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Course 202


Weightlifter Matthias Steiner hoisted more than 1,000 pounds in two lifts to claim the gold medal at the 2008 Beijing Olympics. He didn't lift perfectly at the event, the 310-pound athlete was nonetheless able to best his peers that day to take the top honors.

The maximum weight that you can lift is often regarded as the definitive statement of your strength. Yet what actually constitutes a "good" bench-press depends on the person: A 5'5" man or woman who can bench-press 150 pounds may have a superior strength-to-bodyweight ratio compared with a 6'2" man or woman who can bench-press 250 pounds.

The same relativity holds true when examining a mutual fund's performance. What constitutes a "good" return depends on your needs and the type of fund. That's where benchmarks come in to play.

Your Personal Benchmark

Start by determining your personal benchmark. In fitness terms, that might mean getting strong enough to carry your 3-year-old around town without getting winded, or it might mean building up enough endurance to climb a mountain. In investment terms, it means setting a benchmark for the returns required to reach your investment goal, whether it is a long-term goal (retirement) or a short-term goal (buying a new house in two years).

Say you want to retire in 30 years. You may know how much money you have to invest today, you can anticipate how much you'll be able to invest in the future, and you have a rough idea how much you'll need in retirement. After crunching the numbers, let's say you find that you need an 6% return per year to meet your goal. That's your personal benchmark.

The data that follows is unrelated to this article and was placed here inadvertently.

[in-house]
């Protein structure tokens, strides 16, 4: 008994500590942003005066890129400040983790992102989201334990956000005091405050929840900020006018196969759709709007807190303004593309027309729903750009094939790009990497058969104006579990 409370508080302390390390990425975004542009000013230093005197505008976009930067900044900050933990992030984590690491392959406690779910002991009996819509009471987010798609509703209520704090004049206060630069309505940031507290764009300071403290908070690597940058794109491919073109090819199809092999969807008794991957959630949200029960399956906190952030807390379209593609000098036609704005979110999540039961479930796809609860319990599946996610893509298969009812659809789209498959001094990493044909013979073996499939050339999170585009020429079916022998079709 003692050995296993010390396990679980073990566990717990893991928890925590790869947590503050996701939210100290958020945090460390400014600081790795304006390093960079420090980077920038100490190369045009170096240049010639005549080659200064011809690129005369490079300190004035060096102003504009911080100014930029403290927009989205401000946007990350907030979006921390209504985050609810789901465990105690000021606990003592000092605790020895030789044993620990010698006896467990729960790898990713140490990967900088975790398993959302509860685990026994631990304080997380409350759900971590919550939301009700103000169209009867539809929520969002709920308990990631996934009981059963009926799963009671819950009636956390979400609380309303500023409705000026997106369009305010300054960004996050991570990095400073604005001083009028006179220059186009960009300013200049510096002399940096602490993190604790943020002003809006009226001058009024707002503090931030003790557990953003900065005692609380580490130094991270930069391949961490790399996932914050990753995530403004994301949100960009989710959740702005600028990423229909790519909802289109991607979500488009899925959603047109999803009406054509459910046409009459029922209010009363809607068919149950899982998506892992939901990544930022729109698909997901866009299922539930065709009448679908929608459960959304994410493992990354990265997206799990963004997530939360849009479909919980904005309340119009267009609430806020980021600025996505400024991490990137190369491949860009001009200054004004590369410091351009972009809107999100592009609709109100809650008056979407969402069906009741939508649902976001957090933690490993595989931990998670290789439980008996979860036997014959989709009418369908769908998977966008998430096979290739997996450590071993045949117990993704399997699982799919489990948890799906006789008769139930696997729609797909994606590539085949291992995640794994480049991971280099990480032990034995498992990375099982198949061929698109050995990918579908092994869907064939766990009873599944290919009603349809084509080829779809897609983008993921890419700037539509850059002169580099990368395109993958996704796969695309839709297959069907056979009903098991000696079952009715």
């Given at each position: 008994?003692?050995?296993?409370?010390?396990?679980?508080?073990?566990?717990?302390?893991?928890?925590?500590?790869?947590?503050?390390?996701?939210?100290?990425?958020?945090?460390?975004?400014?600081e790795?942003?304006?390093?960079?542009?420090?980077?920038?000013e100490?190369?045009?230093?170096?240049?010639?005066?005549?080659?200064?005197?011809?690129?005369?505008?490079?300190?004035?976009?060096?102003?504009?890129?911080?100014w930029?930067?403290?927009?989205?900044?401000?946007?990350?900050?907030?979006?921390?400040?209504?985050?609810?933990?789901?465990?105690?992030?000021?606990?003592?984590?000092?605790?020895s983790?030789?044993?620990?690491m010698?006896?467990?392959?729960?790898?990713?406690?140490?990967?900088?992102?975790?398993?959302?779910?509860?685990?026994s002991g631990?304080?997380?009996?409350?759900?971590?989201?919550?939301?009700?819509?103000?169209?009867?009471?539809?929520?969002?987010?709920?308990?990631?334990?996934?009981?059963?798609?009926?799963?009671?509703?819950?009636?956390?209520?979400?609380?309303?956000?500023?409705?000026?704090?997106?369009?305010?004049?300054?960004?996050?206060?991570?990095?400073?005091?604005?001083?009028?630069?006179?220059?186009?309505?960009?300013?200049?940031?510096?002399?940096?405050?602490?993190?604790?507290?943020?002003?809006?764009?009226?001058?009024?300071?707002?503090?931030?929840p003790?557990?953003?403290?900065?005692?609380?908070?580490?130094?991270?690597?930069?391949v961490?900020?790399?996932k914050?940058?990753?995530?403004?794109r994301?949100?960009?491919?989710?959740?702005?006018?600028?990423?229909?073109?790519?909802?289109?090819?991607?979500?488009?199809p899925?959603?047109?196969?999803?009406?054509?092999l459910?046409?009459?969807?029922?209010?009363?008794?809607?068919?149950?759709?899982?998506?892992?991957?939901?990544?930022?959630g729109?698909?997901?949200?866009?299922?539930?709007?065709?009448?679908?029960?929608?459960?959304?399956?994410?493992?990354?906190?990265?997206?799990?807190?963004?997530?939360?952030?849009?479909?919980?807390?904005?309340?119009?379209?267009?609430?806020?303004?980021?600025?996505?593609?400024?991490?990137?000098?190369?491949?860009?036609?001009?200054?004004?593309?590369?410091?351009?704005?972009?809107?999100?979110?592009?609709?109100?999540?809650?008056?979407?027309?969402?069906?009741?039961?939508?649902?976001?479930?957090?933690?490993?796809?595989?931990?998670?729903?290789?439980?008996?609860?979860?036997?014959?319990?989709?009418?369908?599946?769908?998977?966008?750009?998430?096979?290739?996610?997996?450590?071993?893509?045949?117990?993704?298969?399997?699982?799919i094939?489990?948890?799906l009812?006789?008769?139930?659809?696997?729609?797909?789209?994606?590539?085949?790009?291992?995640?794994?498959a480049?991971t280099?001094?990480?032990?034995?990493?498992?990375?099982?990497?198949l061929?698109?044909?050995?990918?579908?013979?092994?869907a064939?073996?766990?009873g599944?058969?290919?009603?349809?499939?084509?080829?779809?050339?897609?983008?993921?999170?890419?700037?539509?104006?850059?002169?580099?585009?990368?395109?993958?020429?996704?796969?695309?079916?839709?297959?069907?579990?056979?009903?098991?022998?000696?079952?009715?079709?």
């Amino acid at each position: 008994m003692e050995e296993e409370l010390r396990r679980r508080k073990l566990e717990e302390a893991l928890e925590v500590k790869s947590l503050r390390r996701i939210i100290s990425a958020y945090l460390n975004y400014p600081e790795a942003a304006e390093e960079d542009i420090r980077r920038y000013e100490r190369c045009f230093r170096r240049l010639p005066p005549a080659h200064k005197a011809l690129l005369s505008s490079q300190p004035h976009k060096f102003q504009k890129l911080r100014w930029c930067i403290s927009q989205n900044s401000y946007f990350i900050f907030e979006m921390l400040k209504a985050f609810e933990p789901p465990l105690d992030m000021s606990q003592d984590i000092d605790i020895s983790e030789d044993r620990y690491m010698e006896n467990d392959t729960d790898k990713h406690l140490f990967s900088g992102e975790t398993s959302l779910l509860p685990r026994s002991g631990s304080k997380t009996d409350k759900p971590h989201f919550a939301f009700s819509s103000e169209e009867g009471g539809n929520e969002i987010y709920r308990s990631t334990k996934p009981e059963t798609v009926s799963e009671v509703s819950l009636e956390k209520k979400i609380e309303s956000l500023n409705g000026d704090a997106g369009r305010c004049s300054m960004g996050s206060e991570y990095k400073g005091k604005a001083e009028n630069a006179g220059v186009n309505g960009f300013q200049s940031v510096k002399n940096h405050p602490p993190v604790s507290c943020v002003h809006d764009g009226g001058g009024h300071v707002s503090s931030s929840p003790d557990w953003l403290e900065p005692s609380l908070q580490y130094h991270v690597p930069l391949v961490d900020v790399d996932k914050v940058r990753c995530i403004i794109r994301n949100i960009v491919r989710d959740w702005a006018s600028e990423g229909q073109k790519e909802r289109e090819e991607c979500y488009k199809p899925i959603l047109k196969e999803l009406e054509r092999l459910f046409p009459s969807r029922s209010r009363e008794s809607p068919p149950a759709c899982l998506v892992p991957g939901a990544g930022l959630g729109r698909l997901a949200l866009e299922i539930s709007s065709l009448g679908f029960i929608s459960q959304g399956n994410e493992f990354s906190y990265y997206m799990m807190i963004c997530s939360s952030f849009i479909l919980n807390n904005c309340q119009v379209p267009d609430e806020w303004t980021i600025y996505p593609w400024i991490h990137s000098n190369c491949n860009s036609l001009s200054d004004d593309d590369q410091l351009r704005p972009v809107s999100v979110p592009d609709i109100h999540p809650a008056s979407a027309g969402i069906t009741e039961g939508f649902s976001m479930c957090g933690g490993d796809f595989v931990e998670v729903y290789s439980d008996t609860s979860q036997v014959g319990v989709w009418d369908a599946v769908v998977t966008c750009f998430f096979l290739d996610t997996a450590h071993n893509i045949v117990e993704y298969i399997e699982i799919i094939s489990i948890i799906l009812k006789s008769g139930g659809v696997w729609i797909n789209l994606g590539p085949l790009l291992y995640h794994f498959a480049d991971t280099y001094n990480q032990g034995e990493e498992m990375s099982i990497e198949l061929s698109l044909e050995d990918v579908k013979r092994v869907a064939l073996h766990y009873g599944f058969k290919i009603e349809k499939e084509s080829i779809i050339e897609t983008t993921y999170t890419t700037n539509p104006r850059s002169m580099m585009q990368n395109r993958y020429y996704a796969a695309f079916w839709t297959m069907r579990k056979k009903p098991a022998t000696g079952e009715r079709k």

By knowing that benchmark, you can immediately rule out funds that rarely meet that hurdle each year, such as most bond funds. You can also rule out funds that can sometimes return much more than your personal benchmark, because they probably present an added risk. That would include volatile fund types, such as emerging-markets funds or technology sector funds. Why take on all that extra, unnecessary risk?

Indexes as Benchmarks

The most common type of performance benchmark is a market index a preselected group of securities. Such indexes are usually tracked by the media and the investing community as indicators of the health of national and international stock and bond markets. Of course, there's no consensus on the single best index to use for investing purposes. The Dow Jones Industrial Average (DJIA) may be the index that heads the stock market report on the evening news, but it's rarely used as a performance benchmark for stock mutual funds. Why? Because it's so narrow: It includes just 30 large-company stocks, so it isn't all that indicative of the health of the overall stock market.

The index you'll hear about most often in mutual fund circles is the Standard & Poor's 500 Index, which includes 500 major U.S. companies. The larger the company, the greater its position in the index. Because the stocks in the S&P 500 are chosen to cover a range of industry sectors, the index often paints a clearer picture of the overall market than the Dow Jones Industrial Average.

Yet despite its widespread appeal, the S&P 500's focus on large companies means it's not representative of the entire market and smaller stocks' performance in particular. It's therefore inappropriate to measure a fund that doesn't buy large companies, such as Fidelity Low-Priced Stock (FLPSX) or T. Rowe Price Small-Cap Stock (OTCFX), against this benchmark only. Nor should you compare a foreign-stock fund like Vanguard International Growth (VWIGX) with the S&P 500; that fund doesn't even own any U.S. stocks. And don't try to stack bond funds up against a stock-fund index like the S&P 500. This advice sounds like common sense, but investors make inappropriate comparisons all the time.